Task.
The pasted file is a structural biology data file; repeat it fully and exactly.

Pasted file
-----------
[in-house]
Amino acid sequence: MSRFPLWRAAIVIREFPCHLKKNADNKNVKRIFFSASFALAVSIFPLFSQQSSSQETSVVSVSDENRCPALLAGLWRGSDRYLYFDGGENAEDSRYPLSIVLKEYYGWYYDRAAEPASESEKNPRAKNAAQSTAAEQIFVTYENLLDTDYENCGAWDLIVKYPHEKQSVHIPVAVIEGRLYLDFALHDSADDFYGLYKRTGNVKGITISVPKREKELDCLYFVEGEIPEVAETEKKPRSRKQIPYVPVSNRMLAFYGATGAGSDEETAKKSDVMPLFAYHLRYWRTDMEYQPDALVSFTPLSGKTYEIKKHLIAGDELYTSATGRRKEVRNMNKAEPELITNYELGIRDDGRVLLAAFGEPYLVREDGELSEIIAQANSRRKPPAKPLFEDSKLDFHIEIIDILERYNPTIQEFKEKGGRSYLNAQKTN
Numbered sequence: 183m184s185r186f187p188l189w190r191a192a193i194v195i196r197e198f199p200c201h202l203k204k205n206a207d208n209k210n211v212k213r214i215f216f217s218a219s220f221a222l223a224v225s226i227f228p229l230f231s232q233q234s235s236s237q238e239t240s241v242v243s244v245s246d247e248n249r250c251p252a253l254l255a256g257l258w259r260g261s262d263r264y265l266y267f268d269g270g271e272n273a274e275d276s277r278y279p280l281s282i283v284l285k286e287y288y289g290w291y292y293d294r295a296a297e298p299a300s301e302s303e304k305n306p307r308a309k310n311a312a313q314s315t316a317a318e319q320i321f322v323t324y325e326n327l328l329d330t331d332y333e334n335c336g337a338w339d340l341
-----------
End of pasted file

[in-house]
Amino acid sequence: MSRFPLWRAAIVIREFPCHLKKNADNKNVKRIFFSASFALAVSIFPLFSQQSSSQETSVVSVSDENRCPALLAGLWRGSDRYLYFDGGENAEDSRYPLSIVLKEYYGWYYDRAAEPASESEKNPRAKNAAQSTAAEQIFVTYENLLDTDYENCGAWDLIVKYPHEKQSVHIPVAVIEGRLYLDFALHDSADDFYGLYKRTGNVKGITISVPKREKELDCLYFVEGEIPEVAETEKKPRSRKQIPYVPVSNRMLAFYGATGAGSDEETAKKSDVMPLFAYHLRYWRTDMEYQPDALVSFTPLSGKTYEIKKHLIAGDELYTSATGRRKEVRNMNKAEPELITNYELGIRDDGRVLLAAFGEPYLVREDGELSEIIAQANSRRKPPAKPLFEDSKLDFHIEIIDILERYNPTIQEFKEKGGRSYLNAQKTN
Numbered sequence: 183m184s185r186f187p188l189w190r191a192a193i194v195i196r197e198f199p200c201h202l203k204k205n206a207d208n209k210n211v212k213r214i215f216f217s218a219s220f221a222l223a224v225s226i227f228p229l230f231s232q233q234s235s236s237q238e239t240s241v242v243s244v245s246d247e248n249r250c251p252a253l254l255a256g257l258w259r260g261s262d263r264y265l266y267f268d269g270g271e272n273a274e275d276s277r278y279p280l281s282i283v284l285k286e287y288y289g290w291y292y293d294r295a296a297e298p299a300s301e302s303e304k305n306p307r308a309k310n311a312a313q314s315t316a317a318e319q320i321f322v323t324y325e326n327l328l329d330t331d332y333e334n335c336g337a338w339d340l341